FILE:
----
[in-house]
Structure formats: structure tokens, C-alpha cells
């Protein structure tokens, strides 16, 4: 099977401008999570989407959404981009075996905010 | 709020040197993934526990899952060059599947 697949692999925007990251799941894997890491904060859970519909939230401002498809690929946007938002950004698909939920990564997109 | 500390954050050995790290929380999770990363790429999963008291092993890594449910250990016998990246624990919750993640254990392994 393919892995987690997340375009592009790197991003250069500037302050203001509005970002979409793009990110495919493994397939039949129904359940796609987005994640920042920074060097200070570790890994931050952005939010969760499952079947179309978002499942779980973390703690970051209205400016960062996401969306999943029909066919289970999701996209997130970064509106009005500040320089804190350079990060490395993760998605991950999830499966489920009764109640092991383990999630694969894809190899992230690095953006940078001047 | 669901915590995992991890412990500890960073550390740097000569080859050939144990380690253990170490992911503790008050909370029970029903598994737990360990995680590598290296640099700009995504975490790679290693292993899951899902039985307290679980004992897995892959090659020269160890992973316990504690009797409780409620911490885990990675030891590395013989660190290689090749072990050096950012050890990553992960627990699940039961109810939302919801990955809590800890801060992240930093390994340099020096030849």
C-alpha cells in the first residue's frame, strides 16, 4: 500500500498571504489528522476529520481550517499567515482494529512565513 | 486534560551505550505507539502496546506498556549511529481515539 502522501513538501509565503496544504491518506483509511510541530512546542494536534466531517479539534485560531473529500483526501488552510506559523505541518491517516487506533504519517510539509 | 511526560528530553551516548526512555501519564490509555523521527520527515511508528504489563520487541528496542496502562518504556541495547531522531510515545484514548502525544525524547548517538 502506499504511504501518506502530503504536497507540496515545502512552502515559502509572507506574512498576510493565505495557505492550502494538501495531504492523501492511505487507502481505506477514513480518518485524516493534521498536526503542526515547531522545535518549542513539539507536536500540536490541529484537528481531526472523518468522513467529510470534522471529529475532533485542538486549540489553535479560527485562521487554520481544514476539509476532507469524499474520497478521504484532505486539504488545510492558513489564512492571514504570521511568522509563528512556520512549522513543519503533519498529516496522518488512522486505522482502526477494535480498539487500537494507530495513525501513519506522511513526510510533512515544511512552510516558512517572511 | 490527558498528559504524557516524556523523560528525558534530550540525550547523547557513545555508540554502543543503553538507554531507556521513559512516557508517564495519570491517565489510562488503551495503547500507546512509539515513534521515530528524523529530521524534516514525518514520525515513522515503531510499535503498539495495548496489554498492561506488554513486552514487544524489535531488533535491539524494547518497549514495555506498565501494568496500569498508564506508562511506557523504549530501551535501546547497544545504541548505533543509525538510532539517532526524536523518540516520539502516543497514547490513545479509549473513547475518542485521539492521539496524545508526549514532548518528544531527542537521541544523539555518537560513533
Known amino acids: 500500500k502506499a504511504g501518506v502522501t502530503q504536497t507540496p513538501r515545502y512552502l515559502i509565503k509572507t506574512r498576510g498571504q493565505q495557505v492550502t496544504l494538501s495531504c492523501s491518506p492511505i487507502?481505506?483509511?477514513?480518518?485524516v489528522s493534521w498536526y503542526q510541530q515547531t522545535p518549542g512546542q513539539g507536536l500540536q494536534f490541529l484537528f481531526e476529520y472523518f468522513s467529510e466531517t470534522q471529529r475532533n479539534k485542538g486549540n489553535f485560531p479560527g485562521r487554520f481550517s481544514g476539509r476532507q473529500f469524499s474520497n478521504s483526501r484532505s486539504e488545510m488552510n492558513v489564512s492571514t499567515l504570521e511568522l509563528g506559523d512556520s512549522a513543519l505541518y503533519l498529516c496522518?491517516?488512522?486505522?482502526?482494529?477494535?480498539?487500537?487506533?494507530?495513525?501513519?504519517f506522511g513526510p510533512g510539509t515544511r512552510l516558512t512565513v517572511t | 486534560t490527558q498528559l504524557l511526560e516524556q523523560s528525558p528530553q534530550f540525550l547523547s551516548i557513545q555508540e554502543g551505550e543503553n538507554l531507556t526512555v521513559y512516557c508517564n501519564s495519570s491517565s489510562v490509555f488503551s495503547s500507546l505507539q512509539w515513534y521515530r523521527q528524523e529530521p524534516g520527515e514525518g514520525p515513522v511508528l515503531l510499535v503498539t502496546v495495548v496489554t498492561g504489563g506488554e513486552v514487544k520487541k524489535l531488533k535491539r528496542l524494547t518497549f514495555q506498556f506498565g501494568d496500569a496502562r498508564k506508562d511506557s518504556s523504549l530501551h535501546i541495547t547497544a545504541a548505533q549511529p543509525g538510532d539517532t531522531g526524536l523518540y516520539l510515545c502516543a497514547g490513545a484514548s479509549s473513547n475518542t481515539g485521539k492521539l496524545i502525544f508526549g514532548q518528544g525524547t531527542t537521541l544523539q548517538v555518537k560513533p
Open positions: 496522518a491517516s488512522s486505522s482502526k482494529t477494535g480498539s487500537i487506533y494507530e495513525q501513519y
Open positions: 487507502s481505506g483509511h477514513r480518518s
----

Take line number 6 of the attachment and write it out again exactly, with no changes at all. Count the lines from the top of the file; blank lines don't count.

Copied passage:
Open positions: 496522518a491517516s488512522s486505522s482502526k482494529t477494535g480498539s487500537i487506533y494507530e495513525q501513519y